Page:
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Title: Structural basis for RNA replication by the hepatitis C virus polymerase

Authors:
; ; ; ; ; ; ; ; ; ; ; ;  [1];  [2]
  1. (Gilead)
  2. (
Publication Date:
Research Org.:
Argonne National Lab. (ANL), Argonne, IL (United States). Advanced Photon Source (APS)
Sponsoring Org.:
INDUSTRY
OSTI Identifier:
1184239
Resource Type:
Journal Article
Resource Relation:
Journal Name: Science; Journal Volume: 347; Journal Issue: 02, 2015
Country of Publication:
United States
Language:
ENGLISH

Citation Formats

Appleby, Todd C., Perry, Jason K., Murakami, Eisuke, Barauskas, Ona, Feng, Joy, Cho, Aesop, Fox III, David, Wetmore, Diana R., McGrath, Mary E., Ray, Adrian S., Sofia, Michael J., Swaminathan, S., Edwards, Thomas E., and Beryllium). Structural basis for RNA replication by the hepatitis C virus polymerase. United States: N. p., 2016. Web. doi:10.1126/science.1259210.
Appleby, Todd C., Perry, Jason K., Murakami, Eisuke, Barauskas, Ona, Feng, Joy, Cho, Aesop, Fox III, David, Wetmore, Diana R., McGrath, Mary E., Ray, Adrian S., Sofia, Michael J., Swaminathan, S., Edwards, Thomas E., & Beryllium). Structural basis for RNA replication by the hepatitis C virus polymerase. United States. doi:10.1126/science.1259210.
Appleby, Todd C., Perry, Jason K., Murakami, Eisuke, Barauskas, Ona, Feng, Joy, Cho, Aesop, Fox III, David, Wetmore, Diana R., McGrath, Mary E., Ray, Adrian S., Sofia, Michael J., Swaminathan, S., Edwards, Thomas E., and Beryllium). 2016. "Structural basis for RNA replication by the hepatitis C virus polymerase". United States. doi:10.1126/science.1259210.
@article{osti_1184239,
title = {Structural basis for RNA replication by the hepatitis C virus polymerase},
author = {Appleby, Todd C. and Perry, Jason K. and Murakami, Eisuke and Barauskas, Ona and Feng, Joy and Cho, Aesop and Fox III, David and Wetmore, Diana R. and McGrath, Mary E. and Ray, Adrian S. and Sofia, Michael J. and Swaminathan, S. and Edwards, Thomas E. and Beryllium)},
abstractNote = {},
doi = {10.1126/science.1259210},
journal = {Science},
number = 02, 2015,
volume = 347,
place = {United States},
year = 2016,
month = 6
}
  • Human DNA polymerase iota (pol iota) is a unique member of Y-family polymerases, which preferentially misincorporates nucleotides opposite thymines (T) and halts replication at T bases. The structural basis of the high error rates remains elusive. We present three crystal structures of pol complexed with DNA containing a thymine base, paired with correct or incorrect incoming nucleotides. A narrowed active site supports a pyrimidine to pyrimidine mismatch and excludes Watson-Crick base pairing by pol. The template thymine remains in an anti conformation irrespective of incoming nucleotides. Incoming ddATP adopts a syn conformation with reduced base stacking, whereas incorrect dGTP andmore » dTTP maintain anti conformations with normal base stacking. Further stabilization of dGTP by H-bonding with Gln59 of the finger domain explains the preferential T to G mismatch. A template 'U-turn' is stabilized by pol and the methyl group of the thymine template, revealing the structural basis of T stalling. Our structural and domain-swapping experiments indicate that the finger domain is responsible for pol's high error rates on pyrimidines and determines the incorporation specificity.« less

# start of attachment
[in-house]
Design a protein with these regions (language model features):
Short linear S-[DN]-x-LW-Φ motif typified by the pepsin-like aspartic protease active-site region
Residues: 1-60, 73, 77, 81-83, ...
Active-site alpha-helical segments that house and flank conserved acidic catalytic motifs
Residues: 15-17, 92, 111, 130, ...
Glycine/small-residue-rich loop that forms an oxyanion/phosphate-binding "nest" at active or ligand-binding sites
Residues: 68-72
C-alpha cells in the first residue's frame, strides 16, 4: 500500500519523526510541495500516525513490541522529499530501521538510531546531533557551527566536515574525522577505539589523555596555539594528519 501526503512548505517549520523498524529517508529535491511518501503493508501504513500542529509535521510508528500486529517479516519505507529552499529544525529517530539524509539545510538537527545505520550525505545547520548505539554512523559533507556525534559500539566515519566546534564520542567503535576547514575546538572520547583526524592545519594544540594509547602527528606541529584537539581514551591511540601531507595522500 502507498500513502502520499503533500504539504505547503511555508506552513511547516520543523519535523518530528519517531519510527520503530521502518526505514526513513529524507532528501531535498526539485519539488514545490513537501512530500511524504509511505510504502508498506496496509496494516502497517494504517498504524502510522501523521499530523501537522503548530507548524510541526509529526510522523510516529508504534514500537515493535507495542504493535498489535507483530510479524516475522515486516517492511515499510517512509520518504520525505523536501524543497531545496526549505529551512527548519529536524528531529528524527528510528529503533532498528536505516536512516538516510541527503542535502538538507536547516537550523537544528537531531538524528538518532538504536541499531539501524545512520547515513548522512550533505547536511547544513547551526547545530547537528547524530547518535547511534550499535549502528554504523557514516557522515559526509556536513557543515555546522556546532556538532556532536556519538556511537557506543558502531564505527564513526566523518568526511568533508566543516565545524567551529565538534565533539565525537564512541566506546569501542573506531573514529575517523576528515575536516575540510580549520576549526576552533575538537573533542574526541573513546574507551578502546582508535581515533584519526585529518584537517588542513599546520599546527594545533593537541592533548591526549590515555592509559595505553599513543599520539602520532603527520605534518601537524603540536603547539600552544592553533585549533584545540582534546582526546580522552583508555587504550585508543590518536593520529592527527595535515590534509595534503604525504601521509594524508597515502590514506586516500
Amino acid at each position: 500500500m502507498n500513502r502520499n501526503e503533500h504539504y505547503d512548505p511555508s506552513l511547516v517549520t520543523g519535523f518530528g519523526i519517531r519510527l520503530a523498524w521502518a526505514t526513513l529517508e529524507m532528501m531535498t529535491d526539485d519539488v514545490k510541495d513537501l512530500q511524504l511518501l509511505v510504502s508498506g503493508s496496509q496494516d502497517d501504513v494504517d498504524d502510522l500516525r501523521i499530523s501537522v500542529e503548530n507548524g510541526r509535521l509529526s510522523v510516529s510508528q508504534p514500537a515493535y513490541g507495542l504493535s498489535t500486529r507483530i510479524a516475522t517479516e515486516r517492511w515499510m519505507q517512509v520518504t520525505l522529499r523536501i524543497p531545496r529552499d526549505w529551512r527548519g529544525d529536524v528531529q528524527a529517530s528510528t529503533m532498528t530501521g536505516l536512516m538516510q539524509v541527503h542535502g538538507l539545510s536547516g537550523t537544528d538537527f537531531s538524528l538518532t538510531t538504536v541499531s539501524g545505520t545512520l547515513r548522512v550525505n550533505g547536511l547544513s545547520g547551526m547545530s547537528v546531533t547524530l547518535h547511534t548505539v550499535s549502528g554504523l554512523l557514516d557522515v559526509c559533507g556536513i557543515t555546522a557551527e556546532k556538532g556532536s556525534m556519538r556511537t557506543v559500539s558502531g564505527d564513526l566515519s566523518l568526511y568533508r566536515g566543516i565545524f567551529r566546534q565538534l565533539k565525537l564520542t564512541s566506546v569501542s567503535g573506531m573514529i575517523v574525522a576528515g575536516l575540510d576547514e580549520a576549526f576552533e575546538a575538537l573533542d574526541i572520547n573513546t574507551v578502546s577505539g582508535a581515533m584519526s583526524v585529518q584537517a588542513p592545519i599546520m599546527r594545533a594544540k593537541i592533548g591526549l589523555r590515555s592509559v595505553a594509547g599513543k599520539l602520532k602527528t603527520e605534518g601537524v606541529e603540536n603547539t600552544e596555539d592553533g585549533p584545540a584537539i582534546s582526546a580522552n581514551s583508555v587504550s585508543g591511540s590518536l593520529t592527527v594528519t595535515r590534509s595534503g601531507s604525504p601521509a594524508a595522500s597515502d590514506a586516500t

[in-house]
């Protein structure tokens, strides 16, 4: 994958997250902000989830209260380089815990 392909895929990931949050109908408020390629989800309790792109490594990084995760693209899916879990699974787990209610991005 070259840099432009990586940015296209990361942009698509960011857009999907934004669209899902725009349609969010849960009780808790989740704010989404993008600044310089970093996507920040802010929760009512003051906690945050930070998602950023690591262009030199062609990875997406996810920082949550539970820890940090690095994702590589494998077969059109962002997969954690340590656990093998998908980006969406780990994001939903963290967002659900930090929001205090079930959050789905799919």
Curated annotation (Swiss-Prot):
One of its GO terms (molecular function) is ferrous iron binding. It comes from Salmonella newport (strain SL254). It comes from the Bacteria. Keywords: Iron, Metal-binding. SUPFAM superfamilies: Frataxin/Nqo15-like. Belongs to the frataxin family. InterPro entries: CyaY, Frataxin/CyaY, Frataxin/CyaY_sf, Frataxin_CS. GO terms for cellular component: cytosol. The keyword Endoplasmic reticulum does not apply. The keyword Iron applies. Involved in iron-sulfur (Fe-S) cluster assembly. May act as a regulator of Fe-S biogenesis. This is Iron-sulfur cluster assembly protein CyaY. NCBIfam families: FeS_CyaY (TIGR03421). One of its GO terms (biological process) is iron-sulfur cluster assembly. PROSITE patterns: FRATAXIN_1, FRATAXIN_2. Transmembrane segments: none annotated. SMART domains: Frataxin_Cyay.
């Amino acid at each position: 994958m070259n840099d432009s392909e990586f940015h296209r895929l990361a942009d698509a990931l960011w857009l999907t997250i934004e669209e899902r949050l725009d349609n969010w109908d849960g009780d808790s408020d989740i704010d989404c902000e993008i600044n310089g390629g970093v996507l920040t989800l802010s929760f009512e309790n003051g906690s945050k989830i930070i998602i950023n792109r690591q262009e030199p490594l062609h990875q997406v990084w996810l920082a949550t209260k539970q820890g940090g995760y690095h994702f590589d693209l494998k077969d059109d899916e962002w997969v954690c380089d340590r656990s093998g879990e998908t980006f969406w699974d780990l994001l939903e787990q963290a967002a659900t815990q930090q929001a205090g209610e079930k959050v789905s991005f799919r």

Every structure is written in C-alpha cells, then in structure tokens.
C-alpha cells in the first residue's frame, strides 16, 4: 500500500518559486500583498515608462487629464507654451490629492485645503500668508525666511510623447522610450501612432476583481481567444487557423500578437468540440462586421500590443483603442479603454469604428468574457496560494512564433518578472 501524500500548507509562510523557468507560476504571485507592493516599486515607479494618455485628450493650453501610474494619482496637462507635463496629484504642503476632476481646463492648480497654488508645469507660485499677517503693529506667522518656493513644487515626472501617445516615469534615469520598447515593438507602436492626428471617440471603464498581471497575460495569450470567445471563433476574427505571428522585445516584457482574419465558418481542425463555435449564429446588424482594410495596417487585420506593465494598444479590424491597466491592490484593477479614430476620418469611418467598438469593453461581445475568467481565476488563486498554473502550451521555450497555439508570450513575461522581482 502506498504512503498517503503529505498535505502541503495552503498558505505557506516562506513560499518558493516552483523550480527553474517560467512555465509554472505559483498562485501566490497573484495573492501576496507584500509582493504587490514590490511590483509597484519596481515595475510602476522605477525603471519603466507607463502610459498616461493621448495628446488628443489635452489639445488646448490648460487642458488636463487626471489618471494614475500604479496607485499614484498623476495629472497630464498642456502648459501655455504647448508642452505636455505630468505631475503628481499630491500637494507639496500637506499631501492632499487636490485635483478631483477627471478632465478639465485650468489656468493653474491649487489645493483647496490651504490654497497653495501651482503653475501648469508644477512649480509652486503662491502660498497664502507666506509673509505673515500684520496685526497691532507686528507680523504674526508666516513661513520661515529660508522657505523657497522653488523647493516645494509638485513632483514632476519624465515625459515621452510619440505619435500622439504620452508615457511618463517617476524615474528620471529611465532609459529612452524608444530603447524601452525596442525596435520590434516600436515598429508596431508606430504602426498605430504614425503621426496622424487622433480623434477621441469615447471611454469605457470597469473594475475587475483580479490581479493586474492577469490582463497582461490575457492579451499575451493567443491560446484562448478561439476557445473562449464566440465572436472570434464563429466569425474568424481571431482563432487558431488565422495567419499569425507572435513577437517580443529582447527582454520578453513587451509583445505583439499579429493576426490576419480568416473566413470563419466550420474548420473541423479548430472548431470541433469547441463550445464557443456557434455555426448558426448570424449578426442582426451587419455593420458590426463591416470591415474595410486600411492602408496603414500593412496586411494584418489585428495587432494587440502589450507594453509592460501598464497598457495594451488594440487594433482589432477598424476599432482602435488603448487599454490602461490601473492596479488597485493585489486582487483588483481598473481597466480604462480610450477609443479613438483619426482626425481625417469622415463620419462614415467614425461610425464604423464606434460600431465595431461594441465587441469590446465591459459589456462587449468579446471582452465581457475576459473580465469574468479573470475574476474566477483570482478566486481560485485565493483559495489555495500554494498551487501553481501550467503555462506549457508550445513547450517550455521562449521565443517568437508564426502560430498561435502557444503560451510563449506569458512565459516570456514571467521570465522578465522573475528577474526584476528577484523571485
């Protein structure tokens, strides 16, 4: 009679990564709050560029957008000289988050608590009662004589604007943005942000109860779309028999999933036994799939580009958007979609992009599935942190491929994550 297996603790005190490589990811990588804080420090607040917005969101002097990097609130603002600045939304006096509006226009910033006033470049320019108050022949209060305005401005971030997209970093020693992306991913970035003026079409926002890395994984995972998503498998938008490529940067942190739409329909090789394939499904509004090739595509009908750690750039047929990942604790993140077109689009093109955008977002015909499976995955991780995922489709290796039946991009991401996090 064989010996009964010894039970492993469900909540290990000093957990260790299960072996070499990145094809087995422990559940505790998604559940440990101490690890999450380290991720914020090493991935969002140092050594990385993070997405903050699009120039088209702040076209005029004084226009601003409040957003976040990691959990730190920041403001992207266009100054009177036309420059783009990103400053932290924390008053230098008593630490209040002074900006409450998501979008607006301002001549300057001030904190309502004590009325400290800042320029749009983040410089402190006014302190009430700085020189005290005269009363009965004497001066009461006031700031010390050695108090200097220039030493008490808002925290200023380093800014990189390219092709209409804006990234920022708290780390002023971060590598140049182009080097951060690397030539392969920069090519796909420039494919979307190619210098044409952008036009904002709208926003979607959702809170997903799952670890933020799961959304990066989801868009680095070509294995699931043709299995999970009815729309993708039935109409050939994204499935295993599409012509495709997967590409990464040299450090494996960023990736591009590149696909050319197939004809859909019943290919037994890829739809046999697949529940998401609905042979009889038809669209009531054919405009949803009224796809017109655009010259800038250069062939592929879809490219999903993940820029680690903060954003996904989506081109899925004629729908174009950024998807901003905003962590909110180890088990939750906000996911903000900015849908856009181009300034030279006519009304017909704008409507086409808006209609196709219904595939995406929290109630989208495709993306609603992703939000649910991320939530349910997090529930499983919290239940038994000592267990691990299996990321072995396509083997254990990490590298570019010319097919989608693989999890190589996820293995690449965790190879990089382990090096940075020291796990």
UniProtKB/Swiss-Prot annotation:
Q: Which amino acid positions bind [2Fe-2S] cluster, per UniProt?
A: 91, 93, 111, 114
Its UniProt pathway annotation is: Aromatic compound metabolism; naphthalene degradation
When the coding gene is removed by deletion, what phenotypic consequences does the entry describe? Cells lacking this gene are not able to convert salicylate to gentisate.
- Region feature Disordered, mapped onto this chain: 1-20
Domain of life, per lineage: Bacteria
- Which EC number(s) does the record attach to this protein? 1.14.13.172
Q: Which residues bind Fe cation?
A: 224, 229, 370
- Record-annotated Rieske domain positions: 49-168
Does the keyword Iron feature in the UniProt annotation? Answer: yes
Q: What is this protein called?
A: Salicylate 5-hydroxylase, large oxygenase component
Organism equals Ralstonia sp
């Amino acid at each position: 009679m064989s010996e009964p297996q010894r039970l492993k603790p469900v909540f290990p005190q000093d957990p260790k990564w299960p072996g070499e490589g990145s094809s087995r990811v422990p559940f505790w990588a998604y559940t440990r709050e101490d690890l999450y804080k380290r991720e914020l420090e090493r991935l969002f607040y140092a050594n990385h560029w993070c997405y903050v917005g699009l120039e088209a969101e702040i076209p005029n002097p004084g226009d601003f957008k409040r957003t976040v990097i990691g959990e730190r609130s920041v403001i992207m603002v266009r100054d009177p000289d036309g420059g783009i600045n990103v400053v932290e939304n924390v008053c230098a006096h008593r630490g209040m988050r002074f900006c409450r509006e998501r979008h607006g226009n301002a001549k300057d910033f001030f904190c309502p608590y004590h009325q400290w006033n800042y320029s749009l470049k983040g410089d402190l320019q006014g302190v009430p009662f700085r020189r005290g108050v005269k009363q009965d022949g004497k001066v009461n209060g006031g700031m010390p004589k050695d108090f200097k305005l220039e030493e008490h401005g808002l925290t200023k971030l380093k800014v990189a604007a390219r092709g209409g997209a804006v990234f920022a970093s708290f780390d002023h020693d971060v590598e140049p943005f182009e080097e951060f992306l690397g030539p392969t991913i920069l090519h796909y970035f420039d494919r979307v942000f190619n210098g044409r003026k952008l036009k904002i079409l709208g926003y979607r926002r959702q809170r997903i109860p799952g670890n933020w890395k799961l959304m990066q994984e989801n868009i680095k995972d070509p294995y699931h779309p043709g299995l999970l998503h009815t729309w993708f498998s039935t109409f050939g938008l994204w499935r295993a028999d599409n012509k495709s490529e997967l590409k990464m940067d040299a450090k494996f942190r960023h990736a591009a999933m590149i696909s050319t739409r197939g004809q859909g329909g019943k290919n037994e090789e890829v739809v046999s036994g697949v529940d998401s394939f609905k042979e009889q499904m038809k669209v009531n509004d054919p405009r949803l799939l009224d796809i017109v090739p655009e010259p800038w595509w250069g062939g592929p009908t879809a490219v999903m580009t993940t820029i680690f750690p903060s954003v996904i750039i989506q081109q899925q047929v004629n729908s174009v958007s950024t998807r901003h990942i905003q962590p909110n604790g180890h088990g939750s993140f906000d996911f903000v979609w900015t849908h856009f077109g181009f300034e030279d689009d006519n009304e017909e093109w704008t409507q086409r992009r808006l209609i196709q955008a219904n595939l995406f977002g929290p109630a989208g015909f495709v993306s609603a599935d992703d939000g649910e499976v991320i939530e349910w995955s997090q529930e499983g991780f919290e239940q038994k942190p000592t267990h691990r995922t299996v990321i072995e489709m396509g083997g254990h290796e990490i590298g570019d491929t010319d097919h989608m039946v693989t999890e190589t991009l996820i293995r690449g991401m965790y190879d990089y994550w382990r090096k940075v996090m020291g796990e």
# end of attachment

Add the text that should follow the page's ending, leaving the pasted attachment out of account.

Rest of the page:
• 7,8-dihydro-8-oxoguanine (8-oxoG) adducts are formed frequently by the attack of oxygen-free radicals on DNA. They are among the most mutagenic lesions in cells because of their dual coding potential, where, in addition to normal base-pairing of 8-oxoG(anti) with dCTP, 8-oxoG in the syn conformation can base pair with dATP, causing G to T transversions. We provide here for the first time a structural basis for the error-free replication of 8-oxoG lesions by yeast DNA polymerase {eta} (Pol{eta}). We show that the open active site cleft of Pol{eta} can accommodate an 8-oxoG lesion in the anti conformation with only minimal changesmore » to the polymerase and the bound DNA: at both the insertion and post-insertion steps of lesion bypass. Importantly, the active site geometry remains the same as in the undamaged complex and provides a basis for the ability of Pol to prevent the mutagenic replication of 8-oxoG lesions in cells.« less